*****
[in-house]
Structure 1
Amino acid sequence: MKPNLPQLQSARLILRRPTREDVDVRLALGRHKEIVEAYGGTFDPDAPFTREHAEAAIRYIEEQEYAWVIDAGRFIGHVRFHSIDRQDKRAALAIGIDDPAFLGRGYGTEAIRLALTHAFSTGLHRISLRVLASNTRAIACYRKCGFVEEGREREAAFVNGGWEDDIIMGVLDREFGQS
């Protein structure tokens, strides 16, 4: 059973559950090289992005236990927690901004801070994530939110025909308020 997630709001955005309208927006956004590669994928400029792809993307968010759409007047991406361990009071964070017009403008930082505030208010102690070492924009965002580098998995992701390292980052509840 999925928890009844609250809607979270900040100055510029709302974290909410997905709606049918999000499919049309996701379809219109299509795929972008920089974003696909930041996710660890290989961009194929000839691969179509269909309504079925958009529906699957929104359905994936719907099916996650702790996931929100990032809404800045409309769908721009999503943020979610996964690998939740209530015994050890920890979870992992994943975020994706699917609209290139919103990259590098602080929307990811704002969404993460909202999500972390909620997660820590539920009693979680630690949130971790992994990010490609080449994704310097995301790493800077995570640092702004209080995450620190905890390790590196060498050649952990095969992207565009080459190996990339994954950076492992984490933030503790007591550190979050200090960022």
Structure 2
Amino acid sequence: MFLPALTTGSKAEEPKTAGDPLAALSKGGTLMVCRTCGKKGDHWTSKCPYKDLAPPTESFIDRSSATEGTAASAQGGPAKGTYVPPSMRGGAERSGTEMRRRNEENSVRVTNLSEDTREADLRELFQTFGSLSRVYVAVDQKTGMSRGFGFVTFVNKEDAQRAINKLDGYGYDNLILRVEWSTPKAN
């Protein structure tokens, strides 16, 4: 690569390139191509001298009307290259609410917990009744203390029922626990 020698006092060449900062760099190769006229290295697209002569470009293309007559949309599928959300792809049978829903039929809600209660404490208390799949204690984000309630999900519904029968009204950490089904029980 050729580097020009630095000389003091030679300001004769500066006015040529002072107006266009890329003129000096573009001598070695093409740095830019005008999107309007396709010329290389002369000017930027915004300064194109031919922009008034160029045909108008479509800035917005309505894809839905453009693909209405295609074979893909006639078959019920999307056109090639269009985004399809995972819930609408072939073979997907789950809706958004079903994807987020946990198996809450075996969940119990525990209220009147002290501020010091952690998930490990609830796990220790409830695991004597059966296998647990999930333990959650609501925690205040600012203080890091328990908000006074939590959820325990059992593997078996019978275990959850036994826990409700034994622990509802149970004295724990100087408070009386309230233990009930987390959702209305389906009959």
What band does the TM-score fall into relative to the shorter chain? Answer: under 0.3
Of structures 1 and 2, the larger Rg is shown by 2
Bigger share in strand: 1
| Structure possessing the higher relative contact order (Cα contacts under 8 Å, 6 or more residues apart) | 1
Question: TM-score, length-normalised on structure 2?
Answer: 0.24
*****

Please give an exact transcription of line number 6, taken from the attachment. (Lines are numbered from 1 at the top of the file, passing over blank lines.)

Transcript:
Amino acid sequence: MFLPALTTGSKAEEPKTAGDPLAALSKGGTLMVCRTCGKKGDHWTSKCPYKDLAPPTESFIDRSSATEGTAASAQGGPAKGTYVPPSMRGGAERSGTEMRRRNEENSVRVTNLSEDTREADLRELFQTFGSLSRVYVAVDQKTGMSRGFGFVTFVNKEDAQRAINKLDGYGYDNLILRVEWSTPKAN